Dear E-mail Diva: I work for a news organization, and we are greatly increasing our blog product selection. I'm wondering if you are aware of or have spoken to anyone about the best way to promote these features. Sincerely, Ashley K. Edwards, Orlando Sentinel
Dear Ashley: Like all blog promoters, you have two hurdles: 1) promoting current blogs to tech-savvy enthusiasts and 2) educating the uninitiated.
For the tech-savvy enthusiasts--those who understand what an RSS feed is and have a reader-- you need to promote the value of the information. What's in a particular blog that the subscriber must know the moment it hits the Web? What distinguishes the blog from the column online? In the E-mail Diva's humble opinion, there is too much emphasis on quantity over quality with blogs. They too often become what WOMMA CEO Andy Sernovitz calls sandwich blogs: "Today for lunch I had a turkey sandwich...." Blogs are for readers, so they must showcase the writer's voice. The most popular blogs are characterized by wit and style in addition to unique content.
Once you have your content house in order, promote it on your site. You do a good job with blog promo banners, so start by repairing the site navigation (which won't make you very popular with your tech team). The secondary navigation for blogs provides links to news pages, rather than blog pages. When a reader clicks on BLOGS, the categories that appear are not the BLOG categories. Since all the other site navigation works differently, it is confusing to readers.
Create a landing page for each blog department (news, sports, business, entertainment, lifestyle, travel) and promote the benefits of the blog(s) in that category. Note the word benefits--not just who's writing what. What will readers get from this blog that they care about? Why should they subscribe rather than reading your site or your paper?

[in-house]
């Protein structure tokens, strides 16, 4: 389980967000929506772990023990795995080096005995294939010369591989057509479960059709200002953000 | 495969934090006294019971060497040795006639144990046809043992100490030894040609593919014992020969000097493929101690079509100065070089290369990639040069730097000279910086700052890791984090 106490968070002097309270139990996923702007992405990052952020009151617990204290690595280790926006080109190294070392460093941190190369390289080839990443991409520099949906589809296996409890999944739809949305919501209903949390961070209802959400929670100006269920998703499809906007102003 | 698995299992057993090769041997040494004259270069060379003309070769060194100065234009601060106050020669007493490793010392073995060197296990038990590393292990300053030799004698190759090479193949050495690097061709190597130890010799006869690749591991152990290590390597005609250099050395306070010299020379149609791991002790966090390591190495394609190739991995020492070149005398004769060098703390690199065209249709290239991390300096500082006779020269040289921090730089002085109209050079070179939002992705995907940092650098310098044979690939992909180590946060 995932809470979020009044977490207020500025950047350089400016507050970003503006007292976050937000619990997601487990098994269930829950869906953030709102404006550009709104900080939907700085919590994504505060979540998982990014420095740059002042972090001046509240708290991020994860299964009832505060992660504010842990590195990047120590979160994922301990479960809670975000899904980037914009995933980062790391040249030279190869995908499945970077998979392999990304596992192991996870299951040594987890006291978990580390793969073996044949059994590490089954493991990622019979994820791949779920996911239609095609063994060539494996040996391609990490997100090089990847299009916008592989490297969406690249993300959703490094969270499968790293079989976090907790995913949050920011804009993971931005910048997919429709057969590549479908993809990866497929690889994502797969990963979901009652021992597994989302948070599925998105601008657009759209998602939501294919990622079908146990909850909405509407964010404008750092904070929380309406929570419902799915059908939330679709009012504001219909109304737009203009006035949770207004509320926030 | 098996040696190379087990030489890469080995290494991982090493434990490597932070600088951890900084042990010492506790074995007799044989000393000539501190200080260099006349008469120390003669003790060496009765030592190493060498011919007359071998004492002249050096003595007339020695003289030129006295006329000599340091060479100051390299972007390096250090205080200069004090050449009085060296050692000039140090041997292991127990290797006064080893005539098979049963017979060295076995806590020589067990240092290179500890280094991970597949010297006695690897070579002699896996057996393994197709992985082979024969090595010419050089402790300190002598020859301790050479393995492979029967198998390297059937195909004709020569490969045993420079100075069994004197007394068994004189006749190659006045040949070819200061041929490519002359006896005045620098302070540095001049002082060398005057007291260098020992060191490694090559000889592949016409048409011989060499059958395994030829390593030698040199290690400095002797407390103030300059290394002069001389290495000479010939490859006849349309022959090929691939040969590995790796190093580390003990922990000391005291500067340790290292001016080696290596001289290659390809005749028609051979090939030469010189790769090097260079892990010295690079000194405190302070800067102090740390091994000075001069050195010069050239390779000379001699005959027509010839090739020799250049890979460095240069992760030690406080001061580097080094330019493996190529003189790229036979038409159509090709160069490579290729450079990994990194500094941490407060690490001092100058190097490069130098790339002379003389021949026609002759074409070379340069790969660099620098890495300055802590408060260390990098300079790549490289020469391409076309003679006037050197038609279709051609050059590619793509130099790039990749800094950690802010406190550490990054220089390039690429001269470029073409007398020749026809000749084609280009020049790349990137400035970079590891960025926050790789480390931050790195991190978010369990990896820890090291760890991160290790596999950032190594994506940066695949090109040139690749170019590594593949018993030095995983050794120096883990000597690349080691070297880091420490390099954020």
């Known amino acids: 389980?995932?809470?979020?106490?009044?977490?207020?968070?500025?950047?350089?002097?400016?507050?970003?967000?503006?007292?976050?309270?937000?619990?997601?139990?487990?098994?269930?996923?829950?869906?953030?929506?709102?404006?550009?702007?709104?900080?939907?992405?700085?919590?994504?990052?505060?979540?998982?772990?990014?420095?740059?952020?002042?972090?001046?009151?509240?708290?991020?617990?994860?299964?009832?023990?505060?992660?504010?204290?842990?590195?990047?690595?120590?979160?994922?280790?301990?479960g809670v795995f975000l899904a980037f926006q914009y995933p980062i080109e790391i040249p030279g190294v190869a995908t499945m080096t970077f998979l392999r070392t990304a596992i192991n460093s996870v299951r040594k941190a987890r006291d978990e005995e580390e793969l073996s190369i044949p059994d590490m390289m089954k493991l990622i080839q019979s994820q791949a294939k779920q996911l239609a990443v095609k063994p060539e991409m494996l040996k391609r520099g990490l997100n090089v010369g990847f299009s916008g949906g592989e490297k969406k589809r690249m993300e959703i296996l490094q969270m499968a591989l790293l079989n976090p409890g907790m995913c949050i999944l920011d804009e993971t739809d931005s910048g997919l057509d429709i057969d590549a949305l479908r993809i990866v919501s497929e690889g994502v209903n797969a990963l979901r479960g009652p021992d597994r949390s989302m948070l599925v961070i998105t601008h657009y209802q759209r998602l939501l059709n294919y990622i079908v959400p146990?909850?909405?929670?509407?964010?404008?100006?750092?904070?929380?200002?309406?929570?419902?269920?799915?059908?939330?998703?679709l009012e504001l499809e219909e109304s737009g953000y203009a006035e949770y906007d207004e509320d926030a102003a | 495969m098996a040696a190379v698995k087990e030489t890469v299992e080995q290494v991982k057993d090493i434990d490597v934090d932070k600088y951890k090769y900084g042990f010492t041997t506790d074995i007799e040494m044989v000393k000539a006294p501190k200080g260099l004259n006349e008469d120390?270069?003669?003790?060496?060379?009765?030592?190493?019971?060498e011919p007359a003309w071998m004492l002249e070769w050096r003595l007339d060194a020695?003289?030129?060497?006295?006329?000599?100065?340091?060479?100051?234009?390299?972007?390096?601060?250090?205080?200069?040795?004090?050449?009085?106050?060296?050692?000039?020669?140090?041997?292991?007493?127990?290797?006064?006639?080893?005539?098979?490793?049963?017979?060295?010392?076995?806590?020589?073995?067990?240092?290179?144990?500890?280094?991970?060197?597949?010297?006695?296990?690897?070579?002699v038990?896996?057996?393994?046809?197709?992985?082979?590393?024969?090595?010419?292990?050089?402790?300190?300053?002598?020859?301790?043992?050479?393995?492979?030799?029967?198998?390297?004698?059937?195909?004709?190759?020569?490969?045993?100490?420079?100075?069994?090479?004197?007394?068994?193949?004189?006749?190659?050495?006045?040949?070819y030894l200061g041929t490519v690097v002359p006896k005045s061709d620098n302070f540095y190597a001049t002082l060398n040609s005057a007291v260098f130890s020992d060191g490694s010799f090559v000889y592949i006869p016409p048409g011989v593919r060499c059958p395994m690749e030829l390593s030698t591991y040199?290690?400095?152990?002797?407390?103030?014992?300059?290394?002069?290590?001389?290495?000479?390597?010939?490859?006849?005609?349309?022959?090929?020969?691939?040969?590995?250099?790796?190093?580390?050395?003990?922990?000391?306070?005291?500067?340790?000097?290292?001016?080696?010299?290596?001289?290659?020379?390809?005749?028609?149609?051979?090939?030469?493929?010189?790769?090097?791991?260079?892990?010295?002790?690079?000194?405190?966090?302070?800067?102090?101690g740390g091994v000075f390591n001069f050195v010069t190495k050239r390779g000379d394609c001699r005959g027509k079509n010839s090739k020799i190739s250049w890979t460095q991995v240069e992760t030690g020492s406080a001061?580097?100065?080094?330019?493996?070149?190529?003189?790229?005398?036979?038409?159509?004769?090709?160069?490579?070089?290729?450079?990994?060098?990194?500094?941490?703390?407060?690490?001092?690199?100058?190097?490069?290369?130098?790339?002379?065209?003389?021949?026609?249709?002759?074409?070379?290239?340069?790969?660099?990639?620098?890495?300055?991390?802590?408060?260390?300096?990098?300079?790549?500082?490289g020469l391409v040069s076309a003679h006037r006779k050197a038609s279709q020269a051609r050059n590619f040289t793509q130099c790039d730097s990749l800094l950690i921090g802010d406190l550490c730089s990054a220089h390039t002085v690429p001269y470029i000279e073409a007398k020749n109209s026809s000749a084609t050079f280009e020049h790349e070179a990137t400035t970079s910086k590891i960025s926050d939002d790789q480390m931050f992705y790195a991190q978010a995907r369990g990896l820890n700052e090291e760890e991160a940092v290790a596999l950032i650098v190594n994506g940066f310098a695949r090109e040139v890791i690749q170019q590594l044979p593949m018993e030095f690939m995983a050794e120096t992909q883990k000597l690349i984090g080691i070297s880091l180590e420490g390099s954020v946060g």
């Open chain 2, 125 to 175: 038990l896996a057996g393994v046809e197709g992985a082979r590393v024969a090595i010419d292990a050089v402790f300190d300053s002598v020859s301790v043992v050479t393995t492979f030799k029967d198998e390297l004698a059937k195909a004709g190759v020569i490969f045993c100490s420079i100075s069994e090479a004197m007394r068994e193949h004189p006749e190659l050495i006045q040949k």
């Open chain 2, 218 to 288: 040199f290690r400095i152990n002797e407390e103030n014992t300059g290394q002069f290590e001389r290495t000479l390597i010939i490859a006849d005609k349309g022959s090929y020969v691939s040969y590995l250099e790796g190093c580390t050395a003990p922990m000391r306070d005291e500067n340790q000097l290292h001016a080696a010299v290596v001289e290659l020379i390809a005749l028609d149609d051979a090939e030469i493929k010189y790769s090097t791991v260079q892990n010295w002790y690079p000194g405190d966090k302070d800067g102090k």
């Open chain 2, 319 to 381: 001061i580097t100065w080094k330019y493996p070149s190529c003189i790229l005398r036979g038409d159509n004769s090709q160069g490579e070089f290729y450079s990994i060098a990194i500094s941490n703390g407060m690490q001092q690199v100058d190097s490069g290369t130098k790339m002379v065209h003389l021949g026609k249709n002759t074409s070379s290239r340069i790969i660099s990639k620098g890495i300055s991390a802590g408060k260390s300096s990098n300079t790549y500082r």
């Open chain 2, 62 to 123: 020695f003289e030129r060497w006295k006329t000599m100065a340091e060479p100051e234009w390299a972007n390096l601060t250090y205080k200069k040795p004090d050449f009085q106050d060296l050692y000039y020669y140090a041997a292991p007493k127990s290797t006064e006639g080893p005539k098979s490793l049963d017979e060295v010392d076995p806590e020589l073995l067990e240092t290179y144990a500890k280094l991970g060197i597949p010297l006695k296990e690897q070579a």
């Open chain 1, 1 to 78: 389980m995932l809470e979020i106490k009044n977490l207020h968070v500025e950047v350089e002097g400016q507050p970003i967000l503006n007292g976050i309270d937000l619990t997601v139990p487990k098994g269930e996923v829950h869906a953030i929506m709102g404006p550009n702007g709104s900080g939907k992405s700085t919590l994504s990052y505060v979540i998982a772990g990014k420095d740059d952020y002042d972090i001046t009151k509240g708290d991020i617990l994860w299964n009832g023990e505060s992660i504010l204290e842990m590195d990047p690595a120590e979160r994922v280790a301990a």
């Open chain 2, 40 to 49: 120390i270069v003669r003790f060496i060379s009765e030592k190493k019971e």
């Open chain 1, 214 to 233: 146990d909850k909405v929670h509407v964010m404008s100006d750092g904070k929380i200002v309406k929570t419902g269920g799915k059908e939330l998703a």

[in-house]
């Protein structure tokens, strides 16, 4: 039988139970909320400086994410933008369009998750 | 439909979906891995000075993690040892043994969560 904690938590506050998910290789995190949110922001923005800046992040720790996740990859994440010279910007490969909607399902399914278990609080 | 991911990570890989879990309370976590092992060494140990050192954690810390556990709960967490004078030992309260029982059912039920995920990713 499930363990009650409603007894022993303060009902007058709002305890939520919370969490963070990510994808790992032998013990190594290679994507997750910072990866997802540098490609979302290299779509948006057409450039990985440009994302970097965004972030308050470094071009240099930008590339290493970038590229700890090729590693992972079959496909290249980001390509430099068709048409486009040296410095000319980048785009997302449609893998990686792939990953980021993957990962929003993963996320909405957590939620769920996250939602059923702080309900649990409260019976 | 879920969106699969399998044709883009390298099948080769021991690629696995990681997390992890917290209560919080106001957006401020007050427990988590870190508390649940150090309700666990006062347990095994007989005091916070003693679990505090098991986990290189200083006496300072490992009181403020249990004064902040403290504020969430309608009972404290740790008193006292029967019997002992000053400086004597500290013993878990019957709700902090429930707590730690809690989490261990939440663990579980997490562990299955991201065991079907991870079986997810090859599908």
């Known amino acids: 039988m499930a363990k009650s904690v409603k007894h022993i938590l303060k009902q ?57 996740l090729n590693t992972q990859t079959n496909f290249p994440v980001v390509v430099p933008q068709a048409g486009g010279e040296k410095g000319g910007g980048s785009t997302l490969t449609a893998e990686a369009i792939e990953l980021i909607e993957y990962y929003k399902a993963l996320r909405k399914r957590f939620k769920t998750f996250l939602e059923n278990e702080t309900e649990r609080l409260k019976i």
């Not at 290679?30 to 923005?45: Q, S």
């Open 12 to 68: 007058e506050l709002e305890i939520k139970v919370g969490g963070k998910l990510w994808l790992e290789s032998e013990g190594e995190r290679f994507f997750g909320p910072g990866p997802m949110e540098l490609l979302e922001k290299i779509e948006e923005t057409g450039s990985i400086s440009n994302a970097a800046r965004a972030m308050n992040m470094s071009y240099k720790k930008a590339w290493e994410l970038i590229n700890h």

Remember that blogs are for enthusiasts, so your writers should promote them in the forums they access. Not in an overt, big-business way that is unacceptable forum etiquette, but in a casual way, saying, for example, "I've been writing about this in my blog, if you're interested...." Be sure to promote specific blogs in your e-mail newsletters on the same topic. And speaking of your e-mail newsletters: 1) it is extremely difficult to find your sign-up option; 2) the subscription form only shows the Midday Update and Travel newsletters, although there are several others; and 3) there is a negative option for offers from your advertisers, i.e., the reader must act to opt-out. This is a BIG no-no. Also, your personal e-mail signature with a blog link is a great idea--but I got a 404 error when I clicked on that choice.
Your second challenge is to educate the uninitiated. Your readers will benefit from a VERY simple description of news feeds. Devote a page, with no other information and nice diagrams, to describing in layman's terms what feeds are and why people like them. Promote your how-to page with a banner titled, "What the heck is a blog?" or something similar. Your current page is a good start, but I think people find the RSS buttons forbidding and the descriptions unnecessarily technical. It reminds me of the early days of the Internet, when everyone felt it was necessary to discuss ARPANET. We're too eager to display our newfound knowledge and not communicating the basic concept or--you guessed it--the benefits.
Good luck! The E-mail Diva
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